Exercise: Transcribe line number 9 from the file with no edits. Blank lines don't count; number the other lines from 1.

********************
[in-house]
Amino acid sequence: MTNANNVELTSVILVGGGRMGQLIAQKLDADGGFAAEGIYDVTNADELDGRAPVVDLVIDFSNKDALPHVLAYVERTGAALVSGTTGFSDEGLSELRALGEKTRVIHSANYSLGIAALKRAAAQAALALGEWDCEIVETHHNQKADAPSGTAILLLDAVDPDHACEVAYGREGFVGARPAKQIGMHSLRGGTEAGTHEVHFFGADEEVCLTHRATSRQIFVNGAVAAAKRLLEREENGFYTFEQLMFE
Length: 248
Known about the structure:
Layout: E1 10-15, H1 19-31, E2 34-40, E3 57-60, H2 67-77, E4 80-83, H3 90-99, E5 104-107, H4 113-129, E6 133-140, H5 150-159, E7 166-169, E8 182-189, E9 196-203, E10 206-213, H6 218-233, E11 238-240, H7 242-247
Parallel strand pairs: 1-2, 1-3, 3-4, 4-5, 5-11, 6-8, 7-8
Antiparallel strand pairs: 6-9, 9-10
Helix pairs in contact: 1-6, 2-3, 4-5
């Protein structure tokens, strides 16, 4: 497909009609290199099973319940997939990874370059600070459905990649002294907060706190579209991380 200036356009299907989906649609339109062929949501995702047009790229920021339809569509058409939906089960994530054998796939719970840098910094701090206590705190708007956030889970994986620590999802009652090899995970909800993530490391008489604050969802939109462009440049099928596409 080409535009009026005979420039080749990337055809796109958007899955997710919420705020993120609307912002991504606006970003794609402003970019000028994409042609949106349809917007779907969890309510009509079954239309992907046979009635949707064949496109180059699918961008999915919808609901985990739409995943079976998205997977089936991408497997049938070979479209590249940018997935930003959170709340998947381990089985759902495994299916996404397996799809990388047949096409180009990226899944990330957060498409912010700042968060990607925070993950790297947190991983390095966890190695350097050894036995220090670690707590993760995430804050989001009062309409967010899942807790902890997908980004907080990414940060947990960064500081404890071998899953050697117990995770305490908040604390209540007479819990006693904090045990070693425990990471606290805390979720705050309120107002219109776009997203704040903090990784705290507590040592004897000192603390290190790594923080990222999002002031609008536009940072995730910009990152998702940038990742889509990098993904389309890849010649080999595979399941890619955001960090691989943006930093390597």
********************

């Protein structure tokens, strides 16, 4: 497909009609290199099973319940997939990874370059600070459905990649002294907060706190579209991380 200036356009299907989906649609339109062929949501995702047009790229920021339809569509058409939906089960994530054998796939719970840098910094701090206590705190708007956030889970994986620590999802009652090899995970909800993530490391008489604050969802939109462009440049099928596409 080409535009009026005979420039080749990337055809796109958007899955997710919420705020993120609307912002991504606006970003794609402003970019000028994409042609949106349809917007779907969890309510009509079954239309992907046979009635949707064949496109180059699918961008999915919808609901985990739409995943079976998205997977089936991408497997049938070979479209590249940018997935930003959170709340998947381990089985759902495994299916996404397996799809990388047949096409180009990226899944990330957060498409912010700042968060990607925070993950790297947190991983390095966890190695350097050894036995220090670690707590993760995430804050989001009062309409967010899942807790902890997908980004907080990414940060947990960064500081404890071998899953050697117990995770305490908040604390209540007479819990006693904090045990070693425990990471606290805390979720705050309120107002219109776009997203704040903090990784705290507590040592004897000192603390290190790594923080990222999002002031609008536009940072995730910009990152998702940038990742889509990098993904389309890849010649080999595979399941890619955001960090691989943006930093390597």